A welcome news for gig workers amid rising inflation, shrinking purchasing power

A welcome news for gig workers amid rising inflation, shrinking purchasing power


EU lawmakers earlier agreed on a bill for at giving employee benefits to workers at online companies

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LAHORE/BRUSSELS (Web Desk/Reuters) – The rising costs of living is proving to be an existential crisis for an overwhelming majority around the globe – from a developing nation like Pakistan to the developed countries in Europe .

With shrinking purchasing power and stagnant wages, the situation is worsening with each passing day for the low income groups, especially daily wagers and those working in informal sectors or gig economy, as inflation isn’t going down, in fact, rising in Pakistan.

Although classified as employed, the gig workers in informal sectors or associated with the online companies are facing severe hardships due to poor working conditions.

They work hard and even overtime, but aren’t eligible for benefits and security enjoyed by others. Just think about the delivery boys [even women also among their ranks] or couriers earning their livelihood through online companies across Pakistan – the ‘gig economy’.

However, Reuters reported last week that a Brussels labour court has ruled that Deliveroo couriers should be classed as employees, potentially giving them more benefits and overturning an earlier judgment in favour of the British food delivery company.

The judgment only applies to the 28 bicycle couriers who in 2018, together with unions, the Brussels Labour Audit Office and the Belgian National Employment Office, started a lawsuit against Deliveroo, but could inspire other Belgian couriers.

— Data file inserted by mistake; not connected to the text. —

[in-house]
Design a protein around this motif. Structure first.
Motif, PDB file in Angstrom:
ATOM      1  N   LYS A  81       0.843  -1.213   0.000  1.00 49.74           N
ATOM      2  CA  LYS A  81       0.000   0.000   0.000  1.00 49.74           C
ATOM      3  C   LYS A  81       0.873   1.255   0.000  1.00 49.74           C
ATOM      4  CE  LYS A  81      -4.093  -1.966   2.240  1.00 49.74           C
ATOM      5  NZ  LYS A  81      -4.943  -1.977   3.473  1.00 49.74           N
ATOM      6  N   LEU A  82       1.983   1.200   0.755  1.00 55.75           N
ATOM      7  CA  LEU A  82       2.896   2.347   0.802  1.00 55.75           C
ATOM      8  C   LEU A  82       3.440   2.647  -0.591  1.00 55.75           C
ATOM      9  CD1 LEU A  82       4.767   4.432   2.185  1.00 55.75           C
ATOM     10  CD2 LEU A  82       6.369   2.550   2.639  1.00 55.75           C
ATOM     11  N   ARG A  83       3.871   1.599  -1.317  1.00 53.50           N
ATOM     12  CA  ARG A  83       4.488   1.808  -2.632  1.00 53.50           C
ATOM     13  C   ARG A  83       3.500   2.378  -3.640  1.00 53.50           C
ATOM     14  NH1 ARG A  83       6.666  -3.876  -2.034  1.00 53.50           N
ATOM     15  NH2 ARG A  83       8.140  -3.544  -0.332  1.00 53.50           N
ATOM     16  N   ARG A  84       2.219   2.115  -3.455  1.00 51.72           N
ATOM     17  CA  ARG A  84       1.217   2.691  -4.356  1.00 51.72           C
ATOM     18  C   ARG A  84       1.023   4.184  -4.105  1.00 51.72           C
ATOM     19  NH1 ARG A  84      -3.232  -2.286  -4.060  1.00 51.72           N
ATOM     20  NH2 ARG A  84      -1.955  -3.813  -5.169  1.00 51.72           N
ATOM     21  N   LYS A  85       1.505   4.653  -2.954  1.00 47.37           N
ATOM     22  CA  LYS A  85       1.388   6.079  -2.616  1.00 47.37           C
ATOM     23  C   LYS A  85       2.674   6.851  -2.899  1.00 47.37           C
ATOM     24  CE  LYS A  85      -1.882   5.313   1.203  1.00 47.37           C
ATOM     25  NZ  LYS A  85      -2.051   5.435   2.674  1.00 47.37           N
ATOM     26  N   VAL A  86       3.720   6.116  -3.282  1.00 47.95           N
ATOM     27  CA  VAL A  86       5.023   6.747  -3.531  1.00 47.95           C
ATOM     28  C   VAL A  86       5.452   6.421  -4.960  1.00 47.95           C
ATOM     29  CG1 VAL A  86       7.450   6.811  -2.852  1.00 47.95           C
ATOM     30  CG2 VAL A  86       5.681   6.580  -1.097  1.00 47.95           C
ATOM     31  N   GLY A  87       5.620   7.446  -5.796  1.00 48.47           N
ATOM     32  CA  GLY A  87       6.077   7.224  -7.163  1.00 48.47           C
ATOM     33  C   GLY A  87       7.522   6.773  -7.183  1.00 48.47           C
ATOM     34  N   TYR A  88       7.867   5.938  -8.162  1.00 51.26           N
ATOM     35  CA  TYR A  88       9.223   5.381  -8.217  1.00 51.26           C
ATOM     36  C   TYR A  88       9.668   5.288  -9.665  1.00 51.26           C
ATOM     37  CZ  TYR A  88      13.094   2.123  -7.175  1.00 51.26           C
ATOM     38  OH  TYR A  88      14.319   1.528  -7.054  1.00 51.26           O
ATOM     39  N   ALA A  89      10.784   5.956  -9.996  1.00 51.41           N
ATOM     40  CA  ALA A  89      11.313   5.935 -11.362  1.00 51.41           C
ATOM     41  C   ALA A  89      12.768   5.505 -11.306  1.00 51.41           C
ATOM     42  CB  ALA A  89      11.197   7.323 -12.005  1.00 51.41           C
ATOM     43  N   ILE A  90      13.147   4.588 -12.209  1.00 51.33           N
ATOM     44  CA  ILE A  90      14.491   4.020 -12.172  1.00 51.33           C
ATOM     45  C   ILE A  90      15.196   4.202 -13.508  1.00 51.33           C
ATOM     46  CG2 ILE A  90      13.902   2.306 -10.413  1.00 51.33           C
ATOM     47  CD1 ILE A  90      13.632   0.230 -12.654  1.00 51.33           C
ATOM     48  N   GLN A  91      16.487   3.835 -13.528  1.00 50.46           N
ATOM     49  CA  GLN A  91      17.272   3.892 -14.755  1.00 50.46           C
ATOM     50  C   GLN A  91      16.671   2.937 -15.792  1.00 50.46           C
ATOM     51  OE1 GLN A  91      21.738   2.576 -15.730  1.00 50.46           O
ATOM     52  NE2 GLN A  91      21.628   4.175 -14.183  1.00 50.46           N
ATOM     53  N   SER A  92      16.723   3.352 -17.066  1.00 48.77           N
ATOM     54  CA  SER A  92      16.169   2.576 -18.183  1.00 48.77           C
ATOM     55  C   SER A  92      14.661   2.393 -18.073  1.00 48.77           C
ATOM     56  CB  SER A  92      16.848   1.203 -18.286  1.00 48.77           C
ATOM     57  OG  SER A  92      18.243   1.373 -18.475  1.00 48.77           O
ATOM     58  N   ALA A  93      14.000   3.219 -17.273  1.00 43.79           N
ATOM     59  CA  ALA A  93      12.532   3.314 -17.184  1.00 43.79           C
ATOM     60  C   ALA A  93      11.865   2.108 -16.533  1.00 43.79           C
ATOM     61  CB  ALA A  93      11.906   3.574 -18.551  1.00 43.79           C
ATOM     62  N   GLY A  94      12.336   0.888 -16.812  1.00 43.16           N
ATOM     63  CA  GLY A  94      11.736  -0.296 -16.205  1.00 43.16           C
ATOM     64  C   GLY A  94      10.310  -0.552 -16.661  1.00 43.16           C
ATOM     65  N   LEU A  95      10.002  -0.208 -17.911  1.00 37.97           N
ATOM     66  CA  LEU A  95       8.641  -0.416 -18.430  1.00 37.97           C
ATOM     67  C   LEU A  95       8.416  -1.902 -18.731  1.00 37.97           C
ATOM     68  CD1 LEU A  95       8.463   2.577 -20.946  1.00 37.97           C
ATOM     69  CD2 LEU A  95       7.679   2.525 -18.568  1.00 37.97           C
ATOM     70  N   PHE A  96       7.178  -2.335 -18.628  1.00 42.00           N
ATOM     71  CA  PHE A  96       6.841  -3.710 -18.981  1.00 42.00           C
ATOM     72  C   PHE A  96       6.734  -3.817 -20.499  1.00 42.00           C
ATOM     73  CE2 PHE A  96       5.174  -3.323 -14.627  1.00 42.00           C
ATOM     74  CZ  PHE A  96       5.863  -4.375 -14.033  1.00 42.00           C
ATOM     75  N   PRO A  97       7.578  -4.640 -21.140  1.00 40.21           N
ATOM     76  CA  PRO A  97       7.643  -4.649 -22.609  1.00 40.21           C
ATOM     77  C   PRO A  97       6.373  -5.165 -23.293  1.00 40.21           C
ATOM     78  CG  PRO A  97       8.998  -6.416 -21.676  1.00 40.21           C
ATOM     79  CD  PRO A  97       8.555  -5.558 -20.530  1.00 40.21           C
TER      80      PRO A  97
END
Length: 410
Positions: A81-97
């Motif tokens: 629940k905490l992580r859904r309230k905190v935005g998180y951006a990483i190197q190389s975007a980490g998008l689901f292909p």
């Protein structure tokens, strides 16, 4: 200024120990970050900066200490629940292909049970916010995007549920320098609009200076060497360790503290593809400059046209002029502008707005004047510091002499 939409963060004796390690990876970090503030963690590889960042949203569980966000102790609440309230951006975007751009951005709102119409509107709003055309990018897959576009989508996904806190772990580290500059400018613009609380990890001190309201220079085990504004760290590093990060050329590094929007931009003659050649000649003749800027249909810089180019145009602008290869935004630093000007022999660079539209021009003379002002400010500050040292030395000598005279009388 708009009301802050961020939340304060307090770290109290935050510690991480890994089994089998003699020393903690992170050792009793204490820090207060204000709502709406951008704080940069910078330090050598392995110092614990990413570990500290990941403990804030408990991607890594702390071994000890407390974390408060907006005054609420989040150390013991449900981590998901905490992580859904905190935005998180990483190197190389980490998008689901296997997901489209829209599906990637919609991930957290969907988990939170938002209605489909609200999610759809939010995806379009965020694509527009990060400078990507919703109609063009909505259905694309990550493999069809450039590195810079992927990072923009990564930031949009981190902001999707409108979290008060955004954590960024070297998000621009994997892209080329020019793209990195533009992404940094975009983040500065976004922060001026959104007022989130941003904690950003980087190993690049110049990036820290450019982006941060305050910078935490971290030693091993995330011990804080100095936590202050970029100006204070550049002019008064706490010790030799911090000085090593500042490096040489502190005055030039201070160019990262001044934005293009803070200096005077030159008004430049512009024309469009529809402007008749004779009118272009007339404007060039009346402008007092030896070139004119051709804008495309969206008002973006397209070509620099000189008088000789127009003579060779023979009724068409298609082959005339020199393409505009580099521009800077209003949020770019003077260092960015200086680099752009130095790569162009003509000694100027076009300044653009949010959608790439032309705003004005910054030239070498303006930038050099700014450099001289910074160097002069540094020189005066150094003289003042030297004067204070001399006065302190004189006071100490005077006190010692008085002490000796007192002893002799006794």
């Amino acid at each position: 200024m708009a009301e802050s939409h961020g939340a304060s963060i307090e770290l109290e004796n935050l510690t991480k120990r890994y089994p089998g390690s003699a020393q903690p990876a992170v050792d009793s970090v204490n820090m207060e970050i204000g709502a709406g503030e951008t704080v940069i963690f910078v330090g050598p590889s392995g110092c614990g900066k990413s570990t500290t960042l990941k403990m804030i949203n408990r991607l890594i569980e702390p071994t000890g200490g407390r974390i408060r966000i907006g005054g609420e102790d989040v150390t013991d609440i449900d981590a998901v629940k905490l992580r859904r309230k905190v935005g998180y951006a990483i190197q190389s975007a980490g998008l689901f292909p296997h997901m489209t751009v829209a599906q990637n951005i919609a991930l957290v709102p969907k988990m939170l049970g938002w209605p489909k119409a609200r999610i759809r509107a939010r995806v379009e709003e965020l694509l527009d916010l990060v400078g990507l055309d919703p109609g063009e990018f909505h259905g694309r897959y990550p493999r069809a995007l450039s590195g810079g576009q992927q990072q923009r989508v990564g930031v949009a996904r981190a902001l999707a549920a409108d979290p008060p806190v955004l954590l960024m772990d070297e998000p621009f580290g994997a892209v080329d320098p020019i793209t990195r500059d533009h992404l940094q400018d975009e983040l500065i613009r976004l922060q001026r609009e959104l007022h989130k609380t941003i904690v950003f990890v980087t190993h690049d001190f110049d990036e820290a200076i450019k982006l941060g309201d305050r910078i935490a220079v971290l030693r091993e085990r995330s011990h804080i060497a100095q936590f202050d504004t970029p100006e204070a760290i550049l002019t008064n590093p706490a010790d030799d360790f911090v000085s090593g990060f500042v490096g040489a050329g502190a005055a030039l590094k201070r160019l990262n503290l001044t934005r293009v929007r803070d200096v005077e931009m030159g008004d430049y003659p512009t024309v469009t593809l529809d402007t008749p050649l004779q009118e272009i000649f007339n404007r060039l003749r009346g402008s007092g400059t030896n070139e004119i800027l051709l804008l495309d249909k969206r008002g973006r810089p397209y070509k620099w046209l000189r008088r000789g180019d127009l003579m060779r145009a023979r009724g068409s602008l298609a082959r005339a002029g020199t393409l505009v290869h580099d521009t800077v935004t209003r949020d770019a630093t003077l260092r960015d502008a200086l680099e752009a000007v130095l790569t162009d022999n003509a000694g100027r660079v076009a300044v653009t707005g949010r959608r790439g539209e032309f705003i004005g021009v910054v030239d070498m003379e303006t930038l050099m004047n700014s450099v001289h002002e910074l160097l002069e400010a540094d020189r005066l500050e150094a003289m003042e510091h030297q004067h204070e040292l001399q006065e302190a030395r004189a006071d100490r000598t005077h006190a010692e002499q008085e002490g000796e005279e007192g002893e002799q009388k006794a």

Deliveroo is a British online food delivery company – just like we have several large and small ones in Pakistan – which currently operates in the United Kingdom, France, Belgium, Ireland, Italy, Singapore, Hong Kong, the United Arab Emirates, Kuwait and Qatar.

"The terms of the employment relationship established between Deliveroo and the couriers are incompatible with the qualification of an independent employment relationship and lead to the conclusion that this relationship must be considered as an employee relationship and therefore should be reclassified", the court said in its ruling.

In an emailed reaction, Deliveroo said it would appeal to the Belgian Court of Cassation, adding that it was disappointed by the decision "because it does not take into account how our model works".

"We provide flexible work and this is highly appreciated by the riders that work with our platform in Belgium."

The ruling, if upheld, suggests the couriers may be entitled to benefits such as a fixed salary, sick leave and paid vacation.
Earlier this month, European Union lawmakers provisionally agreed on a bill aimed at giving workers at online companies such as Deliveroo and Uber employee benefits, which if adopted would be a global first.